|Department of Public Information • News and Media Division • New York|
Secretary-General, in Remarks to Mini-Summit, Hails ‘New Dynamism and Cohesion’
of United Nations Approach towards Preventing Sexual Violence in Conflict
Following are UN Secretary-General Ban Ki-moon’s remarks to the mini-summit on cooperation with Member States on preventing and responding to sexual violence in conflict, in New York on 22 September:
I particularly welcome the contributors of civil community, who have been working very hard on this issue; I really appreciate it.
In 2009, I visited the HEAL Africa hospital in the east of the Democratic Republic of the Congo. What I saw there shocked, saddened and angered me deeply. I met women, girls and boys who had been raped and horrifically abused. Their bodies were defiled and their lives devastated as part of a systematic tactic of war.
I left the region determined to do more to help the victims, to end impunity for perpetrators and to prevent such violence in the first place. I have been telling this experience many times, in many different places.
Sexual violence in conflict and post-conflict situations has increasingly occupied the attention of the Security Council. Resolutions 1820 (2008), 1888 (2009) and 1960 (2009) have all recognized it as a grave violation of human rights and a threat to peace and security.
These resolutions demand that parties to conflict make specific, time-bound commitments to combat sexual violence, and to establish mechanisms to hold perpetrators accountable. It is now two years since resolution 1888 (2009) mandated peacekeeping missions to protect populations from sexual violence wherever conflict exists.
Much of the work of peacekeeping is now being focused on protecting civilian populations, particularly women and girls, from all this sexual violence. This meeting is an opportunity to take stock.
You are all familiar with the work of Ms. [Margot] Wallström and her office, and I have a high admiration and support of her Team of Experts on Rule of Law and the UN Action against Sexual Violence in Conflict network. I thank you very much.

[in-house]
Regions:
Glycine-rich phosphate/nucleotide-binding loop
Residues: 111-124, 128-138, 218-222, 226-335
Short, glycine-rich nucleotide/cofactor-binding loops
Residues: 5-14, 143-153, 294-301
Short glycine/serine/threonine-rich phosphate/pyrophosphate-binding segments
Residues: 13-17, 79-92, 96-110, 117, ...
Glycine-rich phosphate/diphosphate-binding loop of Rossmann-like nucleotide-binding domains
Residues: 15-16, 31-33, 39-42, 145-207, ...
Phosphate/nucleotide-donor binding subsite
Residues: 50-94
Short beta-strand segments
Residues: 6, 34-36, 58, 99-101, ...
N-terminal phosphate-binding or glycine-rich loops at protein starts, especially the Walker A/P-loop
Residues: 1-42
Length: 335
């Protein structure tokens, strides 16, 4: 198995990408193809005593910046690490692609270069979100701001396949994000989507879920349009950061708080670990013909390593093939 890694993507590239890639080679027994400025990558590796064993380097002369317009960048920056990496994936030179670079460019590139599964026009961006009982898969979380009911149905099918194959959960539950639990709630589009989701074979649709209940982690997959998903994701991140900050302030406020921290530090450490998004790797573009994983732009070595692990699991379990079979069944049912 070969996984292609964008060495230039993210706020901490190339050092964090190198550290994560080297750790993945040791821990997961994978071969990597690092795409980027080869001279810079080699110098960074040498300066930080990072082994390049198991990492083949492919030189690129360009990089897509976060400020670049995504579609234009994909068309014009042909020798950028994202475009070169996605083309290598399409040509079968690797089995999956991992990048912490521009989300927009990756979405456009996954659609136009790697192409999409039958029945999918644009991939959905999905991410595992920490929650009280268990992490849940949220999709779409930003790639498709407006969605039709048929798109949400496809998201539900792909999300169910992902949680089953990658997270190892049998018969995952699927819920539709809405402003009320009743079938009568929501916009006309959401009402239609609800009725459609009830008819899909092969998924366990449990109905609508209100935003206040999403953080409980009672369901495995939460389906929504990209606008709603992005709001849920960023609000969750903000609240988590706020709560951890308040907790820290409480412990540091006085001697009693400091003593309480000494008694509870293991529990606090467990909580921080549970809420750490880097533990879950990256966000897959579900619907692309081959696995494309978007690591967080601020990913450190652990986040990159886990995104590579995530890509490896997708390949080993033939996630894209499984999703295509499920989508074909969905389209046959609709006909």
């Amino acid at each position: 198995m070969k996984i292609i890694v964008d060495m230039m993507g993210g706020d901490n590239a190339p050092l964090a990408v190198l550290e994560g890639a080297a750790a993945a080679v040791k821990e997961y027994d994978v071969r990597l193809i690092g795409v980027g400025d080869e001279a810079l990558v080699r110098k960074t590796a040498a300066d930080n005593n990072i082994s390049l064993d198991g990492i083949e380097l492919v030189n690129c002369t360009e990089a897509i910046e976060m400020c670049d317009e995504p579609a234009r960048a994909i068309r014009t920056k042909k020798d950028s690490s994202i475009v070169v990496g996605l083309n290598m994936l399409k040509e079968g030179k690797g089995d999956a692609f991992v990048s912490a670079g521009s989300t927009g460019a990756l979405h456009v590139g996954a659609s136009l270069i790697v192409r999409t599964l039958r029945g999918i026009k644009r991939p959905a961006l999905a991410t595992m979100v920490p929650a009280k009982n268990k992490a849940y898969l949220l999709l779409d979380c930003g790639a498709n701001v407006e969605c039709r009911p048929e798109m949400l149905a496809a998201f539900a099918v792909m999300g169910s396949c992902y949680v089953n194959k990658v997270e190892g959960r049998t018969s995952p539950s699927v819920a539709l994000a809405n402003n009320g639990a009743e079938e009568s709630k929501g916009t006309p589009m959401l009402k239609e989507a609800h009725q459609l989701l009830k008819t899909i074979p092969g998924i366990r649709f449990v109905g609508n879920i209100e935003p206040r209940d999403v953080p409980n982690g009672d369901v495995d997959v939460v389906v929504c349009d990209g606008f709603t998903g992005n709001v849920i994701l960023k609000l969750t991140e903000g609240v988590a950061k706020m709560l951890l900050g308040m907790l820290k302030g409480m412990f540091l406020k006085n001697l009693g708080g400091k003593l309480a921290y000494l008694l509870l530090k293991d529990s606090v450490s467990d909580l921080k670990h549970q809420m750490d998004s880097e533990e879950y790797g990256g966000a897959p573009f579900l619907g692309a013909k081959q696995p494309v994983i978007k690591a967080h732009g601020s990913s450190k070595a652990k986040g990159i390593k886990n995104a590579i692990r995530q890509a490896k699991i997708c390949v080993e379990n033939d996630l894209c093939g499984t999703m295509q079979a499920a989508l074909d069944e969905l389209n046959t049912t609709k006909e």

There is new dynamism and cohesion in the United Nations approach to this challenge. We have kept the problem high on the agenda. I thank Member States for supporting Ms. Wallström’s office and the Team. I hope this summit will lead to sustained financial support.
The Experts were unique among the United Nations in being invited by the Government of South Sudan to contribute to the drafting of the Transitional Constitution. In the Democratic Republic of the Congo, they are supporting prosecution support cells and assisting the Government to deploy women magistrates.
Today we will hear about some commendable initiatives. Member States are developing national strategies and adopting legislation. They are establishing special courts and conducting public-awareness campaigns. These examples illustrate a growing commitment to combat this evil, but they are also evidence that it remains a significant challenge.
Women, men and children continue to be subjected to sexual violence wherever conflict exists. The majority of perpetrators remain at large. Prosecutions and convictions are low. We need to make even greater efforts to prevent and respond, including by providing adequate remedies, reparation and care for survivors.
In the case of the United Nations, the Organization is working to improve early warning, enhanced with targeted patrols and distress-call systems. It is also essential that vulnerable populations are able to trust those who have been asked to protect them. We will, therefore, continue to strictly enforce our own zero-tolerance policy on sexual exploitation. Together we can prevent sexual violence in conflict, help the victims and end impunity.
I count on your leadership, and I assure you of my continued commitment on this most important issue.
* *** *